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BIOGRAPHICAL, HISTORICAL, AND CRITICAL

PREFACE

TO

THE

IDLER.

The last periodical labour of our literary Hercules, was the IDLER. It was written originally for a weekly newspaper, entitled the Universal Chronicle, or Weekly Gazette;' in which Dr. JOHNSON was admitted into copartnership by Mr. John NEWBERY, the proprietor, as a consideration for these essays. It would appear, also, from a singular advertisement from the hand of JOHNSON, which we shall insert in its place, that he received, besides this interest in the paper, a compensation of a pecuniary nature. Mr. NEWBERY distinguished himself by the publication of many entertaining volumes adapted to the capacities of children, and his juvenile library has been a great means of facilitating early instruction. Dr. Johnson is said to have written for him several prefaces and introductions, particularly the historical advertisement prefixed to his amusing Collection of Voyages, entitled the World Displayed. Mr. NEWBERY was, also, an occasional contributor of original matter himself. He died in the year 1776.

b

XXXIII.

The Universal Chronicle, with the first number of the Idler in it-imperium in imperioappeared on Saturday, the 16th of April, 1758. It was continued weekly until Saturday, the 5th of April, 1760, when the IDLER terminated ; and with it, for the want of encouragement, according to Mr. CHALMERS, the Chronicle.

The IDLER is less substantial, and more elastic than the RAMBLER. •It has more variety of real life,' says Mr. Boswell, and greater facility of language. Many of these excellent essays were written as hastily as an ordinary letter. Mr. LANGTON remembers JOHNSON, when on a visit at Oxford, asking him one evening how long it was till the post went out; and on being told about half an hour, he exclaimed, “then we shall do very well.” He upon this instantly sat down and finished an IDLER, which it was necessary should be in London the next day. Mr. LANGTON having signified a wish to read it,

Sir, "said he, you shall not do more than I have done myself." He then folded it up and sent it off. Yet there are in the Idler several papers which shew as much profundity of thought, and labour of language, as any of this great man's writings. No. 14, Robbery of time; No. 24, Thinking; No. 41, Death of a friend; No. 43, Flight of time ; No. 51,-Domestic greatness unattainable; No. 52, Selfdenial, No. 58, Actual, how short of fancied, excellence; No. 89, Physical evil, moral good; and his concluding paper on “The horror of the last,” will prove this assertion. As the IDLER was written in a newspaper, it sometimes bore the impress of passing events, and was the vehicle of occasional politics. But these digressions from the general plan are both few and pardonable. It is also interspersed with animadversions upon the publications of the day. The papers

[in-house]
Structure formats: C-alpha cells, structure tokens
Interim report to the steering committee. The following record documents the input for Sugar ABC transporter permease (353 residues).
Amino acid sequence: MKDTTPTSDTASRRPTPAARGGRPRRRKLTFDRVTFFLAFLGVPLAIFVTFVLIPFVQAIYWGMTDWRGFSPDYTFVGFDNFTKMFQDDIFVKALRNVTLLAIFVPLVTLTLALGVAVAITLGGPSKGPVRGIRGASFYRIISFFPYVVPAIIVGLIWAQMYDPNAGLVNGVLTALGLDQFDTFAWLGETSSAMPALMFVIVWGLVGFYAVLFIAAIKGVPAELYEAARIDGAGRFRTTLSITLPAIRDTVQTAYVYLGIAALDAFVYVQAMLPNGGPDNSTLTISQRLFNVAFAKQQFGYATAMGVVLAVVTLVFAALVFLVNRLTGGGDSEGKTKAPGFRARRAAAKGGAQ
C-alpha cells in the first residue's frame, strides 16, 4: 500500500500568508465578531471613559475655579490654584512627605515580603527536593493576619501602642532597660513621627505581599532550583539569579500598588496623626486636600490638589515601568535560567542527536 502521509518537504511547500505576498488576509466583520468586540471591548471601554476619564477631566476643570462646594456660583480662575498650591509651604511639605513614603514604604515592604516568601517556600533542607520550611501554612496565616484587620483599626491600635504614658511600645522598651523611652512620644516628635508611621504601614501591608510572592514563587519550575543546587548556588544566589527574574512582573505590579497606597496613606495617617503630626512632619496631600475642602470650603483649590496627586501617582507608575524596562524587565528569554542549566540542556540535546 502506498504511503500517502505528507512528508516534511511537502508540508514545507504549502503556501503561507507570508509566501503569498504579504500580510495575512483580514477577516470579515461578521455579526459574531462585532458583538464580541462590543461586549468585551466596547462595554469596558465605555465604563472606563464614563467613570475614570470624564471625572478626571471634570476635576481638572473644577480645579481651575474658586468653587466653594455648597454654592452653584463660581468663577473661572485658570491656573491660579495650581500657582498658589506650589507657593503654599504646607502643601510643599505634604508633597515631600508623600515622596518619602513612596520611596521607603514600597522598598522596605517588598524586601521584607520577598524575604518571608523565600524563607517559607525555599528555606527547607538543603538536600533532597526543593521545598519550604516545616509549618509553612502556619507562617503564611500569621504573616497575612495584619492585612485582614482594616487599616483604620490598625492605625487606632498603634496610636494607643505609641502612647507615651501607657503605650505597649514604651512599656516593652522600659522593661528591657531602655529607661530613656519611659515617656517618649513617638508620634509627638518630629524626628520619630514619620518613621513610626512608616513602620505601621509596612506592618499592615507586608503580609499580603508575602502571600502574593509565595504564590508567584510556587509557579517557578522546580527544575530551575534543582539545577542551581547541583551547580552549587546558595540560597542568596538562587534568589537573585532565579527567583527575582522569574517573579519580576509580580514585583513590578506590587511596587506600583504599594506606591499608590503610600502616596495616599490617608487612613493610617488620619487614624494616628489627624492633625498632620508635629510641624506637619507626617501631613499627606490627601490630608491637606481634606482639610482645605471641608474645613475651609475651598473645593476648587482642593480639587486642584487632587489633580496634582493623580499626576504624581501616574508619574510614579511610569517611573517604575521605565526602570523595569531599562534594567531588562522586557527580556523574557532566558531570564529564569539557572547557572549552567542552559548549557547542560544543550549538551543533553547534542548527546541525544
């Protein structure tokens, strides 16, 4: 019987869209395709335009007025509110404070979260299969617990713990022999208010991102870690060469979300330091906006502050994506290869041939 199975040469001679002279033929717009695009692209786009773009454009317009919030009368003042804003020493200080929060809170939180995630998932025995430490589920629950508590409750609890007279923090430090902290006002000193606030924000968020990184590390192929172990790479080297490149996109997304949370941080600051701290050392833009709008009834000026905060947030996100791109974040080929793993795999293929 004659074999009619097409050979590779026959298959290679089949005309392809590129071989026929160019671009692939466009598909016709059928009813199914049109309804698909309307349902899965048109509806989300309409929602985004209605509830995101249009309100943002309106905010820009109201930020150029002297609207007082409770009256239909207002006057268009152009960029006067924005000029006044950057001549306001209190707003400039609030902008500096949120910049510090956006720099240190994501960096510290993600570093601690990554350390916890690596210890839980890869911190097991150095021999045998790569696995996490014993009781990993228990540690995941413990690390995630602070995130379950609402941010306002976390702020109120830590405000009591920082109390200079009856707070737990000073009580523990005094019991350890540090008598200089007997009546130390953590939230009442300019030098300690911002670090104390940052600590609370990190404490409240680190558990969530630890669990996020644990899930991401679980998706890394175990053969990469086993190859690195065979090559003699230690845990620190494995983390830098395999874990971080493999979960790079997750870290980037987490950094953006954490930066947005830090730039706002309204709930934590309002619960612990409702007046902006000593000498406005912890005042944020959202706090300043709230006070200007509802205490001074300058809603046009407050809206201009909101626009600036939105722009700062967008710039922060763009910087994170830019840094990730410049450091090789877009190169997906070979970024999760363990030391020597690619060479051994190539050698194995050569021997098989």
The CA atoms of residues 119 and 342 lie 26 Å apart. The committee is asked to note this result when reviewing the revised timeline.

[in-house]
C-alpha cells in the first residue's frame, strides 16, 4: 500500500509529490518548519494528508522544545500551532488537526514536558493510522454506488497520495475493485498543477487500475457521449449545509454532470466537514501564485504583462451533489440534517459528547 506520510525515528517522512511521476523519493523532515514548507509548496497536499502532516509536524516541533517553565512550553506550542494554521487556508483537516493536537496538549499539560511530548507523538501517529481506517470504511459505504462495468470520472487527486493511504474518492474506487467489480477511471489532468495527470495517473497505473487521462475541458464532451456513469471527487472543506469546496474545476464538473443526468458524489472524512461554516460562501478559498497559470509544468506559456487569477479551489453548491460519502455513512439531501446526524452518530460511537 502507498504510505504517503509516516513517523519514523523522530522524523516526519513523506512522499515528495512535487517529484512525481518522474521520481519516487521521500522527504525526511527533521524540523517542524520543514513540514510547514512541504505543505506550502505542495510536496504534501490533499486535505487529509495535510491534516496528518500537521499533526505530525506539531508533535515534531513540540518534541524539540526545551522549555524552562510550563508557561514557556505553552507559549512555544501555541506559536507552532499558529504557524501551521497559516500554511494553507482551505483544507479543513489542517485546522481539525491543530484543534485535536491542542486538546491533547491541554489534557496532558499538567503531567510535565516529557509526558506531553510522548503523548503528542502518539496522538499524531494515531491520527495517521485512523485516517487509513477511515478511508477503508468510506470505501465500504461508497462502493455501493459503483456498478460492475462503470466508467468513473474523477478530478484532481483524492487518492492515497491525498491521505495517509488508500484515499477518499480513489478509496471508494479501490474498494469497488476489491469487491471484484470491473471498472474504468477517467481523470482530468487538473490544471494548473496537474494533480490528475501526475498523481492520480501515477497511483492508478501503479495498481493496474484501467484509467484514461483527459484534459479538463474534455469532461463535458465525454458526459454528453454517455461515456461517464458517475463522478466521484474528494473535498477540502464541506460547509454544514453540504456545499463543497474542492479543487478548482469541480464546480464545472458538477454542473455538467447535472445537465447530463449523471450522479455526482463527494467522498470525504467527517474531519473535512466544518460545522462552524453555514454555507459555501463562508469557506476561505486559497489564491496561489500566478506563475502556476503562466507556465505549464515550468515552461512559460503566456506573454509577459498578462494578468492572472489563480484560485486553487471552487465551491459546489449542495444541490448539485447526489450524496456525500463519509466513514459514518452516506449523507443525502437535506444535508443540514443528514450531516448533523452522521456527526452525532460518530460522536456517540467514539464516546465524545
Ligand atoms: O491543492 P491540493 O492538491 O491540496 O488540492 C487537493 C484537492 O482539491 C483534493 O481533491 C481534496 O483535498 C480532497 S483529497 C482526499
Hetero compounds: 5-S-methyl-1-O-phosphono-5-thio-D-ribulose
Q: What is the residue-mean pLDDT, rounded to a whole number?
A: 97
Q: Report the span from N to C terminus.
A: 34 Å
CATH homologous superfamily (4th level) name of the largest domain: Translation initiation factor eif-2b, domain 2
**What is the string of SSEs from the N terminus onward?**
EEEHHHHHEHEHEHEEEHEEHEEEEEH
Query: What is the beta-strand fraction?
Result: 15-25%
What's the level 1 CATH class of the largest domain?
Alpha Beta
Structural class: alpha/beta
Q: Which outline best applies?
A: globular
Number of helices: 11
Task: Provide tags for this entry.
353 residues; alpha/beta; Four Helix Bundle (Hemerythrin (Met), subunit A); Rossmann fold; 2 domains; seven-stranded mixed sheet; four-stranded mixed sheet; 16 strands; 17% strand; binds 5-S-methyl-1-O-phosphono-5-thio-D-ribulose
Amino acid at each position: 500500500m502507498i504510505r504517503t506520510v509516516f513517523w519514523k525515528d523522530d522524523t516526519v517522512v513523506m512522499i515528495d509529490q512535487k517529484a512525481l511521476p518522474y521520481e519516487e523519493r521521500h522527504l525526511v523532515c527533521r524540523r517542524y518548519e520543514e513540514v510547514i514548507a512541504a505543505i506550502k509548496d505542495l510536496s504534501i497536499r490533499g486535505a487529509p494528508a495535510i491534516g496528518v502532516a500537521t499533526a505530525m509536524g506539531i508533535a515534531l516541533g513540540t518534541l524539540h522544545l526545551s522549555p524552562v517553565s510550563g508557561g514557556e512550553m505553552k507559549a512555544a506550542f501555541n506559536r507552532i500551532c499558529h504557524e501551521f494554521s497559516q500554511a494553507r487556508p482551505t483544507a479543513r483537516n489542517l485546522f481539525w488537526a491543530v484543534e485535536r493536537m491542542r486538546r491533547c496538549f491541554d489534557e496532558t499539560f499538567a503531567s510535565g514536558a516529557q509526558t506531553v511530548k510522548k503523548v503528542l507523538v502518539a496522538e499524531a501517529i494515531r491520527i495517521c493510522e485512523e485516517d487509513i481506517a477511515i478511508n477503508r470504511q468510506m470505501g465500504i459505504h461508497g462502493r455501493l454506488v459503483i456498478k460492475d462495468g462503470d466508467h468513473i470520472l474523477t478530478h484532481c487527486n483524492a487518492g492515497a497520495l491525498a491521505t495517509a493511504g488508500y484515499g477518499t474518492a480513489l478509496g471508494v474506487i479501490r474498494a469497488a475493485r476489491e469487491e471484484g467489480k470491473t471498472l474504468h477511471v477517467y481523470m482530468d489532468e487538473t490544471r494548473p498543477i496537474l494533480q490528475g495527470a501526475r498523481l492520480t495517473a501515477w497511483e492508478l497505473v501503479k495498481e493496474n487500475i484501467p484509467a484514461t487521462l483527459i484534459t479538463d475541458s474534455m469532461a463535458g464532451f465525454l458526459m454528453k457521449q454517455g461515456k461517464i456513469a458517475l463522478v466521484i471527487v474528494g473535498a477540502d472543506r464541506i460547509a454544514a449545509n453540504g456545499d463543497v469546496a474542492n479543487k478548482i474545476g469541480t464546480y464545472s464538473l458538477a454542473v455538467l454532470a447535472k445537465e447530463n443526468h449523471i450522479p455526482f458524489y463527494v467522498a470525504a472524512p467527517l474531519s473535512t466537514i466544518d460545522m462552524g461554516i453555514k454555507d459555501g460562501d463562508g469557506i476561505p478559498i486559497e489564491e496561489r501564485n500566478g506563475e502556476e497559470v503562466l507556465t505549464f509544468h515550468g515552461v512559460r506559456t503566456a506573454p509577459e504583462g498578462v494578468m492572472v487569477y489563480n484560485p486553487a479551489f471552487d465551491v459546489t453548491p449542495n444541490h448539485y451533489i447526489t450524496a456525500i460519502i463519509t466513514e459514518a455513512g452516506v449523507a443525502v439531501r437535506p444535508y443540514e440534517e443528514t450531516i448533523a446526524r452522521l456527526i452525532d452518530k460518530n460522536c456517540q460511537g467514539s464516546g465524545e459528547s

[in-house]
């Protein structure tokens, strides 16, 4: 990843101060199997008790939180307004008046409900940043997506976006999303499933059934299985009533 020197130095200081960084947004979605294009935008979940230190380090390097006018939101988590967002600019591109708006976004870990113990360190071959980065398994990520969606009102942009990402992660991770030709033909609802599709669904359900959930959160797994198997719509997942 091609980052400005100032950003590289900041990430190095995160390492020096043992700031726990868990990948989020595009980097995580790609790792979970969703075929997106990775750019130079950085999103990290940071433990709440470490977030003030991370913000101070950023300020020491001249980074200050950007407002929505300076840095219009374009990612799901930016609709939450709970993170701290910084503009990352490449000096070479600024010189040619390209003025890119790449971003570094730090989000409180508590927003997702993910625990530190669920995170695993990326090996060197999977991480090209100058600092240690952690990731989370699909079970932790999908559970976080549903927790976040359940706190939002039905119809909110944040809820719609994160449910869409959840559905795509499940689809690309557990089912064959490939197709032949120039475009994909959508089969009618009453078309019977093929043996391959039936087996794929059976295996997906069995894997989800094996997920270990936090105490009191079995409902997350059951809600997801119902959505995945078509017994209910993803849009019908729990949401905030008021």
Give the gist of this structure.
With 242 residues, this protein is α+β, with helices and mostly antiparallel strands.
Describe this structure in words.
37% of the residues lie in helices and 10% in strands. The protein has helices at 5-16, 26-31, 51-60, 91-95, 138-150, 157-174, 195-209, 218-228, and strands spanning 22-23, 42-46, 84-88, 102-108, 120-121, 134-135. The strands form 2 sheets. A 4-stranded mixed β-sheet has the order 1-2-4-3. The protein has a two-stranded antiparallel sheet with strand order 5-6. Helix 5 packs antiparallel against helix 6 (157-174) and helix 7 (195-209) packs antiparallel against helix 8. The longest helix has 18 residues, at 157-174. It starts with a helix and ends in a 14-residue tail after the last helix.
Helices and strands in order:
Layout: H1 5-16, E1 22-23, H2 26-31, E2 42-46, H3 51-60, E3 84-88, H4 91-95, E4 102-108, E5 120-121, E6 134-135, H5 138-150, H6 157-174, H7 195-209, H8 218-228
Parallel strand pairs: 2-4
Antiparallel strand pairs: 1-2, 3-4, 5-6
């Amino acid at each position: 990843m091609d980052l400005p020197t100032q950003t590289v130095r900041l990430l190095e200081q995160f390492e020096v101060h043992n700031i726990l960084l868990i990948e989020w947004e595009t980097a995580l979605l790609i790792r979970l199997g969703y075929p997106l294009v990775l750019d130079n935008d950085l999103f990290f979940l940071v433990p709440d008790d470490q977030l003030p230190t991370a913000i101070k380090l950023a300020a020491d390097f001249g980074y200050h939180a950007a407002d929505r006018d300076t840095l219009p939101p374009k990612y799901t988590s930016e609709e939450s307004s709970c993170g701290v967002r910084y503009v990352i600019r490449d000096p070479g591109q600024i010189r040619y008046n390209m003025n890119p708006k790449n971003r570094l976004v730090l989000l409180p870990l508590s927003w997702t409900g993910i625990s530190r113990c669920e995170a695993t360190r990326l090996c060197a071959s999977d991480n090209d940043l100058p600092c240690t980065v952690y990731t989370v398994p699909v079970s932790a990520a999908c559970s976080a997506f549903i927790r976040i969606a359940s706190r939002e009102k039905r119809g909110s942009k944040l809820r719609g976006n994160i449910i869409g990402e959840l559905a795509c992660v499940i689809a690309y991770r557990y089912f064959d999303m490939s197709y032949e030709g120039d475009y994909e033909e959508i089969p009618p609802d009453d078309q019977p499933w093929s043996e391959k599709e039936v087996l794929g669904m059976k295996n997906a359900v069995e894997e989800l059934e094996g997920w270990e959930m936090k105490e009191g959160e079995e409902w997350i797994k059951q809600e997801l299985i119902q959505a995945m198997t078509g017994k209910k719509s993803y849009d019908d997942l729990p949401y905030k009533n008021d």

in the IDLER amount to one hundred and three; of which, ninety are from the pen of JOHNSON, and twelve are the contributions of correspondents. The letter in No. 9, was communicated by an unknown hand, but the closing reflections upon it sufficiently announce themselves.

The Journal of a Junior Fellow, No. 33, which Mr. CHALMERS terms a piece of genuine humour, was furnished by Mr. Thomas WARTON, the younger brother of Dr. JOSEPH WARTON, who enriched the ADVENTURER with his elegant and judicious criticisms. Dr. JOHNSON scarcely allows it originality, and it possesses after all but a moderate share of point. Nos. 93, however, and 96, which were supplied by the same hand, are conceived with much happiness of manner, and may rank with the most standard essays. Sam Lofty is said to have had an archetype in real life, not distantly related to the author.

Thomas WARTON, says Dr. Aikin*, a distinguished poet, and historian of poetry, was born at Basingstoke in 1728+. He manifested an early taste for poetical composition; and an ingenious translation of one of MÁRTIAL's

General Biograpby. + See the account of his brother, Dr. Joseph Warton, in the Preface to the ADVENTURER.

Epigrams, done by him in his ninth year, is said

to be still extant. He was educated under his father, who kept a school at Basingstoke; and at the age of fifteen, he was admitted a commoner of Trinity College, Oxford. Here, his talent for poetry was soon made signally conspicuous, by his triumphant answer to Mason's elegy of Ísis,' a severe satire upon the disloyalty of Oxford. He undertook his reply at the special request of Dr. HUDDESFORD, the president of his college; and while he successfully vindicated the cause of his own university, turned the tables with an admirable felicity of sarcasm upon her venal and sycophantic rival. This piece, which he entitled the Triumph of Isis,' was published with great applause, in 1749; but it was excluded afterwards from his volume of collected poetry. In 1750, he contributed to a miscellany, entitled the STUDENT, his · Progress of Discontent,' which exhibits a great fund of humour, and a power of familiar description seldom so early attained : for it is reported that he had composed it as a college exercise in 1746, when he was only eighteen years of age. At this time also, he was admitted to the degree of Master of Arts, and in the year following elected to a fellowship in his college.

He now abandoned himself entirely to elegant literature and the muses; and successively gave to the world his poem of Newmarket,' directed against the ruinous passion of the turf; an Ode for Music; and Verses on the Death of the Prince of Wales. In 1753, he edited a small

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